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Stealth virus

Stealth virus

(also hidden virus)

Stealth virus definition

A stealth virus is any virus that attacks while trying to avoid detection by antivirus software. It can strike partitions, boot sectors, or files in a computer, trying to remain unnoticed by the user. The stealth virus avoids detection by copying itself from one file to another and replacing itself with a “clean” file. What this virus mainly does is steal valuable and personal information. After the virus enters a computer, it attacks parts of the system or the system as a whole. The first known stealth virus is Brian, created in Pakistan in 1986.

Stealth virus real-life examples

  • The Chernobyl virus. A stealth virus first discovered in 1998 aimed to rewrite the BIOS of a computer’s motherboard, rendering the system inoperable. The Chernobyl virus, also known as the CIH virus, infected approximately 60 million computers, causing an estimated $1 billion in damages.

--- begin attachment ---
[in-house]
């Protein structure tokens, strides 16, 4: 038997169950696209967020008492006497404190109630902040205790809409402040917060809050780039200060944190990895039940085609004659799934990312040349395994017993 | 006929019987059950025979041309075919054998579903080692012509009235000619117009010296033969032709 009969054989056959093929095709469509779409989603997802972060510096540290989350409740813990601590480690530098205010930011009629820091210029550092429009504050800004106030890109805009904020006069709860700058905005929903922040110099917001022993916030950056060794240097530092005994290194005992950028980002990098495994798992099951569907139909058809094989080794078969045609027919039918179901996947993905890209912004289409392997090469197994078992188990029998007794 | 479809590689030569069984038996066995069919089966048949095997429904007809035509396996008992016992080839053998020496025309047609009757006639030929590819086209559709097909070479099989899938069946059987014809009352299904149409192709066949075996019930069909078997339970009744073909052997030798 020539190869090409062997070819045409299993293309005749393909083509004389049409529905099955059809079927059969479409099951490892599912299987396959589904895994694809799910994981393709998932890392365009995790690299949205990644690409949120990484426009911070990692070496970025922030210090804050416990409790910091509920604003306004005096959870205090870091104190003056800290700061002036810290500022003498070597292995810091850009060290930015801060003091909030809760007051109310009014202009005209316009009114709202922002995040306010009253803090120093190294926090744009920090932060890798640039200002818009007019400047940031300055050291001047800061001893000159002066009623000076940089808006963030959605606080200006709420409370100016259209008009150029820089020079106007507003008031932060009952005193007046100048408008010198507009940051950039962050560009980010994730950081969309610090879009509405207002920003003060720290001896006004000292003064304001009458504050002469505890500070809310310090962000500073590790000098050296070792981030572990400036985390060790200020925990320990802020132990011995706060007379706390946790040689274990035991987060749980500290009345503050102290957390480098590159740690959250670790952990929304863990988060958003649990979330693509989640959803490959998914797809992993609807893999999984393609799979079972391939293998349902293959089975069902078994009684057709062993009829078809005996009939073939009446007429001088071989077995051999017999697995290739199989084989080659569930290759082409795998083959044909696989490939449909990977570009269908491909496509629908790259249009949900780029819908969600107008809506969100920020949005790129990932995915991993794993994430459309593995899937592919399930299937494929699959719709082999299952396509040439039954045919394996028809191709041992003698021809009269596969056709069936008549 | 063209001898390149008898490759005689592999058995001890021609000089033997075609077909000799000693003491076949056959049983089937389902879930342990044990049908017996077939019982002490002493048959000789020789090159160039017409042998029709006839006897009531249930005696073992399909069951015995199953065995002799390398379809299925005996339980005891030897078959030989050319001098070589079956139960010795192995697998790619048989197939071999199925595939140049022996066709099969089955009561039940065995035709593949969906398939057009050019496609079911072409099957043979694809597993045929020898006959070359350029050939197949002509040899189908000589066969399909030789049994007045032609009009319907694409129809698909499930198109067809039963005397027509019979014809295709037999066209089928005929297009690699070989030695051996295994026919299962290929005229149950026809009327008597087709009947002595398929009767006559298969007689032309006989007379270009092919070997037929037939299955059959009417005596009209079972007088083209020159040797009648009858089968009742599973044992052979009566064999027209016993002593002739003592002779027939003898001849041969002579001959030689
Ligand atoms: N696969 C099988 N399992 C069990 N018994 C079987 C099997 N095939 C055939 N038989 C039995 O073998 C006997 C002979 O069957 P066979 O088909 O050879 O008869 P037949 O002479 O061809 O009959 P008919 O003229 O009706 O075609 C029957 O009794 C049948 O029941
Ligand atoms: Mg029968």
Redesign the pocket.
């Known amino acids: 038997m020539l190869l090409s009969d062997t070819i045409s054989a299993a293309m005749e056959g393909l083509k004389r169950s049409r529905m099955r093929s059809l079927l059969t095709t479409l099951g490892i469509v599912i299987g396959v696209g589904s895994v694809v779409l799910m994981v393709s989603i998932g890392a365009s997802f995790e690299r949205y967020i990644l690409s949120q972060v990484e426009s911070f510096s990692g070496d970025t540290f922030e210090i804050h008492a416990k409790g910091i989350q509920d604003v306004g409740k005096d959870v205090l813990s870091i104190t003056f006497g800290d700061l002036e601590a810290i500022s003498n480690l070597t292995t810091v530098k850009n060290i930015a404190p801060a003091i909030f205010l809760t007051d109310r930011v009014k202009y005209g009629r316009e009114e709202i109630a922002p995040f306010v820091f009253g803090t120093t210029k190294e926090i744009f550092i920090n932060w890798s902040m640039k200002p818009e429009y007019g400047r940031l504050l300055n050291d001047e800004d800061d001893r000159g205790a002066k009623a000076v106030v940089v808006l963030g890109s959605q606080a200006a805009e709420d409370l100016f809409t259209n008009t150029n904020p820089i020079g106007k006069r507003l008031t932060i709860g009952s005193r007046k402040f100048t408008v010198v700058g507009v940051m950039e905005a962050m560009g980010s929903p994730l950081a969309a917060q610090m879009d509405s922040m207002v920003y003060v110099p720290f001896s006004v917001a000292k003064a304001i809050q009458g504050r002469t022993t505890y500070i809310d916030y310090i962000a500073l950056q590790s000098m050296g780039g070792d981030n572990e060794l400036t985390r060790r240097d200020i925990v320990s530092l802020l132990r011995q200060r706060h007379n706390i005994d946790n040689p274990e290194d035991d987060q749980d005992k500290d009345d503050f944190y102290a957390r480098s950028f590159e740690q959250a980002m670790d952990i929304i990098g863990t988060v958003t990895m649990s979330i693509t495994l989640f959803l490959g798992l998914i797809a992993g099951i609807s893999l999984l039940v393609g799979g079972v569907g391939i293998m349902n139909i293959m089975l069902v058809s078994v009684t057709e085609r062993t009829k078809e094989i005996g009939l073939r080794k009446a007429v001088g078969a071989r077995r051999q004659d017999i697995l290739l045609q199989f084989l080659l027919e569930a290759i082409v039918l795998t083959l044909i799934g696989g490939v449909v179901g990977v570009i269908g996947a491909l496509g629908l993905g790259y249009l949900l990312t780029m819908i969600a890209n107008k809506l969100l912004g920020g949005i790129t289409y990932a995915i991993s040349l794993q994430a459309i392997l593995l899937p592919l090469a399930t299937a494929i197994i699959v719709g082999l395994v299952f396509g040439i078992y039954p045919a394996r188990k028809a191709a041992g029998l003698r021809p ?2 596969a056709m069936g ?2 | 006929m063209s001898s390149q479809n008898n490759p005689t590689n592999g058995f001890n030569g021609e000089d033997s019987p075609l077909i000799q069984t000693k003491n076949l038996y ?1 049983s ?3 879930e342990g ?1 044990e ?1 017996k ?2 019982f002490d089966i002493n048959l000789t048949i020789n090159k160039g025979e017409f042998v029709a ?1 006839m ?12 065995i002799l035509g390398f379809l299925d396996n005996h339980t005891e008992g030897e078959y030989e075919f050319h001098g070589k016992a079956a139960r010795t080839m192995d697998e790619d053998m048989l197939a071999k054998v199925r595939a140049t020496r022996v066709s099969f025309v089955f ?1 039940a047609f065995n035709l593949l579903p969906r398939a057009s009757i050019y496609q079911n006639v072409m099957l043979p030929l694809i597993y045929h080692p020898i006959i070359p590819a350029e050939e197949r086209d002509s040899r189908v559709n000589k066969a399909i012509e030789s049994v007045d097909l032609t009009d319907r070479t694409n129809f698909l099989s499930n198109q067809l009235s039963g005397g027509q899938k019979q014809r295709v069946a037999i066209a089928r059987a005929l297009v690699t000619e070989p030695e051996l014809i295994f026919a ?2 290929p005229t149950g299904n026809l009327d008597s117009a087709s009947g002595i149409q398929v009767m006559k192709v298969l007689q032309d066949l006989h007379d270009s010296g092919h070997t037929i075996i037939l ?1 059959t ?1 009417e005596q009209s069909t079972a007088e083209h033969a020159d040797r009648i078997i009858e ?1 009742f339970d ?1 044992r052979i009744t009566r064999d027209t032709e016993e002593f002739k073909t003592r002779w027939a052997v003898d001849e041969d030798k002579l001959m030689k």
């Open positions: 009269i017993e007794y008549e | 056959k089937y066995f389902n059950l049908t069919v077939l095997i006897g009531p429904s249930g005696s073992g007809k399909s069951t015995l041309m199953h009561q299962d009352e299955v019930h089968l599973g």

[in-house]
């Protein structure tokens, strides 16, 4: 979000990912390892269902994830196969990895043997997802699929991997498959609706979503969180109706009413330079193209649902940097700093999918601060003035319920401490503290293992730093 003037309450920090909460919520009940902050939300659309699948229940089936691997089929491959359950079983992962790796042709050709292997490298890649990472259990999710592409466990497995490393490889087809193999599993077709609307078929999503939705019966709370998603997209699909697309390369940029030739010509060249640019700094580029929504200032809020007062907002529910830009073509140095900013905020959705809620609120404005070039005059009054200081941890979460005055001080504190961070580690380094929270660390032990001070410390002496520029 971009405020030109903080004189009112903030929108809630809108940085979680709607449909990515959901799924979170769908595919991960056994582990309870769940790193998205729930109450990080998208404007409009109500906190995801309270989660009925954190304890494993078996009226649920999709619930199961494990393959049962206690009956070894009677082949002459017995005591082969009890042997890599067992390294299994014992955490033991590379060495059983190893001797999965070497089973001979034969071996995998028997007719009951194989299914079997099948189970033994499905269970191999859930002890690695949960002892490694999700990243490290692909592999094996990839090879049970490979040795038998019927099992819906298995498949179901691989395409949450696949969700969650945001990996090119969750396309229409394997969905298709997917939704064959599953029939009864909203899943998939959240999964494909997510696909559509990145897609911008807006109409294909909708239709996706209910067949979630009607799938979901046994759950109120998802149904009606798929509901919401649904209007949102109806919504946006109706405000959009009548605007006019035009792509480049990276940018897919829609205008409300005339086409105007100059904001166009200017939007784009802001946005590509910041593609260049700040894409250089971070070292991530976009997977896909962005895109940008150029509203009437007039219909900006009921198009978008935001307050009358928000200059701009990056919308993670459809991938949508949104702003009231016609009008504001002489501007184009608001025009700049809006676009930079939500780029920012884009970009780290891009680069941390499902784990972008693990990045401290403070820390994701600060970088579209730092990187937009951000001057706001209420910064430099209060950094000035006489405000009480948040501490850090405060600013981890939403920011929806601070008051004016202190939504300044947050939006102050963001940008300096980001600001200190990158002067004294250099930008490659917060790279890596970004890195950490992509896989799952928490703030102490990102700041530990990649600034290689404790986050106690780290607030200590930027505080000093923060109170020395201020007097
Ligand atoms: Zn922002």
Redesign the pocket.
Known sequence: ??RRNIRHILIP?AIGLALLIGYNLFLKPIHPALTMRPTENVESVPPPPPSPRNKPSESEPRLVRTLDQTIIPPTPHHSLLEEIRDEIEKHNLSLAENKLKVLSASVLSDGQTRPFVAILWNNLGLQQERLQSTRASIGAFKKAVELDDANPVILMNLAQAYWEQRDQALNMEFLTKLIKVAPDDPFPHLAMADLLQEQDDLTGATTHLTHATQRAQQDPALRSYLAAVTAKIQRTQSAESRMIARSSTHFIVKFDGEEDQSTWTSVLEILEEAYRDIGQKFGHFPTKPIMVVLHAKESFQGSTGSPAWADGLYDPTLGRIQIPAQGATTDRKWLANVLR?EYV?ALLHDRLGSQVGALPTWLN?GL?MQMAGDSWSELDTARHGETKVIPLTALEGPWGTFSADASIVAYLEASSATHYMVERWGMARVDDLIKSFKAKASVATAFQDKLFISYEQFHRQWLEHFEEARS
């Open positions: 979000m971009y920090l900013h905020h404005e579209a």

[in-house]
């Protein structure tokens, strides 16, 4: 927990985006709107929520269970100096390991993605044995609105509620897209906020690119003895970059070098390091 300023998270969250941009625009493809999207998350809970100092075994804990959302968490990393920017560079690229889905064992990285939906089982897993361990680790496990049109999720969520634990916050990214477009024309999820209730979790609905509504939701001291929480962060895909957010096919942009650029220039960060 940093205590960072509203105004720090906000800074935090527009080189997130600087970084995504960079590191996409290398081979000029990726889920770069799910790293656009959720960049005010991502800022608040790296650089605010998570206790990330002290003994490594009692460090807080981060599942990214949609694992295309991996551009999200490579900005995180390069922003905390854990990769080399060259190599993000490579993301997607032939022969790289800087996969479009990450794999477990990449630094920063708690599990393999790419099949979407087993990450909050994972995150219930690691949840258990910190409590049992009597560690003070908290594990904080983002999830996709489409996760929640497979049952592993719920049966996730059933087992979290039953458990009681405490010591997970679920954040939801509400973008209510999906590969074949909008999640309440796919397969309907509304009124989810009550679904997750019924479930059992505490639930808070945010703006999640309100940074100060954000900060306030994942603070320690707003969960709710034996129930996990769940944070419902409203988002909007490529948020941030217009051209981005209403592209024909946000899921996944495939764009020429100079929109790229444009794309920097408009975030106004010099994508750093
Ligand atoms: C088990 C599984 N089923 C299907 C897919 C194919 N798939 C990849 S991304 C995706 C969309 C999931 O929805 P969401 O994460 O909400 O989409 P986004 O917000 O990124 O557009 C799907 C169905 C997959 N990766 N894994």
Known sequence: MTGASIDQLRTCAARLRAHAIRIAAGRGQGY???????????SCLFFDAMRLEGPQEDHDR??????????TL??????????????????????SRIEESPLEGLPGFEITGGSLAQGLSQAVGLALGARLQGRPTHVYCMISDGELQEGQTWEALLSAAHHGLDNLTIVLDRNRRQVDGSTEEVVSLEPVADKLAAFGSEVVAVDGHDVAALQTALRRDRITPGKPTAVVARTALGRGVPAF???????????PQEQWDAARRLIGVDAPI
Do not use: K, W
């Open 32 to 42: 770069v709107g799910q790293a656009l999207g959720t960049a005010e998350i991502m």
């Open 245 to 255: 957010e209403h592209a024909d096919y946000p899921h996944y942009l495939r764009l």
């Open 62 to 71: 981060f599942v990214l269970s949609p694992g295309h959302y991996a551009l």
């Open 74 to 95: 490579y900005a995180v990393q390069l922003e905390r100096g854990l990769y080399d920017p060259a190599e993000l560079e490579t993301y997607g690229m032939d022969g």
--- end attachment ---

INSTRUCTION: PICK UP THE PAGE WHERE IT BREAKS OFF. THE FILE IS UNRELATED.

• The Stuxnet virus. A sophisticated worm first discovered in 2010 that targeted industrial control systems, particularly those from Iran’s nuclear program. It combined stealth and anti-detection capabilities, significantly impacting global security and leading to increased investment in cybersecurity measures.
  • The Duqu virus. A stealth virus and a successor to the Stuxnet virus, it was first discovered in 2011. The goal was to steal sensitive information from targeted organizations, such as industrial control systems and other critical infrastructure.

Protecting against a stealth virus

  • Use reputable antivirus software programmed to detect stealth viruses.
  • Upgrade to the latest security patches.
  • Enable firewalls and other security measures.
  • Check multiple times when downloading files from an email.
  • Avoid suspicious links.
  • Use strong passwords.

Further reading

Ultimate digital security